Meet the PYC Staff

Parents and Youth for Change is able to strengthen the voices of Burlington and Winooski community members with the help of these dedicated staff members.

Infinite Culcleasure

Infinite Culcleasure,  PYC Staff

Infinite Culcleasure began working as a community organizer with PYC in 2013, and recently added the role of project manager to his organizing duties in 2016.Inf’s favorite part of working with PYC is the house meetings and dinner with families in Winooski.

Contact Infinite at infinite@parentsforchangevt.org

Meg Cline

Meg Cline (seen with daughter Pax), PYC Staff

School didn’t work well for Meg. She didn’t have anyone in my middle school that knew her well or was invested in her. Meg was expelled in the eighth grade under a zero tolerance policy, never attended high school, and self-educated from then on. Meg previously worked a wide variety of jobs, in many fields, all of them either low paying or not meaningful. She dealt with many of the stressors and barriers that exist when it’s difficult to make ends meet and live on the difficult side of many statistics.

Meg is a mother to four shiny unique people. She wants them to have an engaging education in their public schools that nurtures their curiosity, values their voice, and leads to options and choices that are exciting to them after graduation. Meg wants that for every child and believes in the power of students and families organizing together to get everyone there.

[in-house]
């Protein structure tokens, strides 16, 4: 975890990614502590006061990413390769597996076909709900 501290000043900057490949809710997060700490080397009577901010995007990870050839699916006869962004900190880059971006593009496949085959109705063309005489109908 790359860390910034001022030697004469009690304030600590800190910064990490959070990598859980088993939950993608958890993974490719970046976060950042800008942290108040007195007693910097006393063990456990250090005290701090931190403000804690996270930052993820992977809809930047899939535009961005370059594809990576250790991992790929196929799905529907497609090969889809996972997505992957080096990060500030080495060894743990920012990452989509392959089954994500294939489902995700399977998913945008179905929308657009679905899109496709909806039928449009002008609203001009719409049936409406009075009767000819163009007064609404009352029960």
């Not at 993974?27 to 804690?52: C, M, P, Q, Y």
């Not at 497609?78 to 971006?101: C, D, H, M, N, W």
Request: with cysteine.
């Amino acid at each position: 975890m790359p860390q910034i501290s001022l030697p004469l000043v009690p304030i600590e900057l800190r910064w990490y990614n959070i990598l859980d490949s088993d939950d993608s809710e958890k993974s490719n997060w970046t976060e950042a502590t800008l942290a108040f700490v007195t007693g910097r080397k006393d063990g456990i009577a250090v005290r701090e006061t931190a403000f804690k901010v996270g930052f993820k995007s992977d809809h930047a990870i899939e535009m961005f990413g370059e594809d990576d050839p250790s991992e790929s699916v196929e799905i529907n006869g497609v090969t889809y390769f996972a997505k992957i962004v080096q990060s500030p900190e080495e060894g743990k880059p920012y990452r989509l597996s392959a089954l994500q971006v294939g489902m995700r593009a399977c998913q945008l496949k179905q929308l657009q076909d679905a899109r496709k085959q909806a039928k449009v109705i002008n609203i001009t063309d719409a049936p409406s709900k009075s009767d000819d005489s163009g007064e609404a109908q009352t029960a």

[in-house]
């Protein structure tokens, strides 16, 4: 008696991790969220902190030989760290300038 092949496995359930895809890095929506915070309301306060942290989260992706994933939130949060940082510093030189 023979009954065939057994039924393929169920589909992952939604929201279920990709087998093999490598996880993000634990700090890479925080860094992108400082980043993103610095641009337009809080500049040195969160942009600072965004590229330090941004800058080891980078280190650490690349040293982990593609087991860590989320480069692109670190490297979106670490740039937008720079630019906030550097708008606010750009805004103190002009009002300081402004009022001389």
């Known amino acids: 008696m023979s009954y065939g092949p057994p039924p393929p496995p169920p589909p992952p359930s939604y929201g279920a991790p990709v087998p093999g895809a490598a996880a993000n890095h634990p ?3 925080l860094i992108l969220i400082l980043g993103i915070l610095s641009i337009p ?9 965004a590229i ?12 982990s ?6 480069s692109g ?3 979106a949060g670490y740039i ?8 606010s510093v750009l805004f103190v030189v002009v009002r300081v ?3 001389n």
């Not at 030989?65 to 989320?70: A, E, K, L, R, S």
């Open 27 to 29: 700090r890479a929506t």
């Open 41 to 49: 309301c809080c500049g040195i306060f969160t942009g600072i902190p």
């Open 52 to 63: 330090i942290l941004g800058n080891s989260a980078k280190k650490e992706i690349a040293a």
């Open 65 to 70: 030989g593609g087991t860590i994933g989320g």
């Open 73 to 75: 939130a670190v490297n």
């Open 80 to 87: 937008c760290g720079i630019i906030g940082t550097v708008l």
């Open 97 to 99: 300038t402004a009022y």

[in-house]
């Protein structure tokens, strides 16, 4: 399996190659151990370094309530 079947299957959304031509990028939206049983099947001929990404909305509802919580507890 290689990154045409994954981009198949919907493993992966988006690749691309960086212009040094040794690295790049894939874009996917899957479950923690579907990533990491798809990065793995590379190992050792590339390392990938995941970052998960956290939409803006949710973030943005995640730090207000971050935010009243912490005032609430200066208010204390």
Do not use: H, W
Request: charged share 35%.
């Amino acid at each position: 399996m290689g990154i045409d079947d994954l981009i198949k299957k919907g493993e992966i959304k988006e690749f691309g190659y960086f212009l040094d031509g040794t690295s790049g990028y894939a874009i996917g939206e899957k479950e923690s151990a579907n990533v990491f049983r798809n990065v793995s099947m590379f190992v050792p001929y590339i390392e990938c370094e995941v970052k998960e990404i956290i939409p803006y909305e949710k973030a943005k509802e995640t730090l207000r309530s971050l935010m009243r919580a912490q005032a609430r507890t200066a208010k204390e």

Contact Meg at meg@parentsforchangevt.org

Read these Seven Days articles on Toni Foote and Aden Haji to learn more about PYC members!

 Check out the PYC accomplishments here!

Important Facts
School meals

In the 2013-2014 school year, 40.7% of students received meals categorized as free or reduced-price. Click on the graph for additional [more]

Poverty undermines children’s healthy development and has lasting effects on children’s physical and social-emotional health. Children growing up [more]

Early Prenatal Care

Between 2000 and 2010, the rate of pregnant women in Vermont receiving early prenatal care ranged between 80 and 85 percent. This was short [more]

Population

While the total population of Vermont has grown to an estimated 626,630, our child population has fallen since the 2000 Census count [more]

70% of Vermont’s housing stock was built prior to the 1978 ban on lead paint.  Lead paint and dust from lead [more]

Teen Births

Teen mothers often have fewer resources than older parents to provide for a healthy baby and for themselves.  Babies born [more]

7.5% of Vermont’s children received Reach Up (TANF) benefits in 2011; a 27% increase from 2007. [more]

98% of Vermont’s children have health insurance. [more]

Babies with low birthweight – under 5.5 pounds – are at risk for respiratory conditions, cognitive and developmental delays, and other long-term health [more]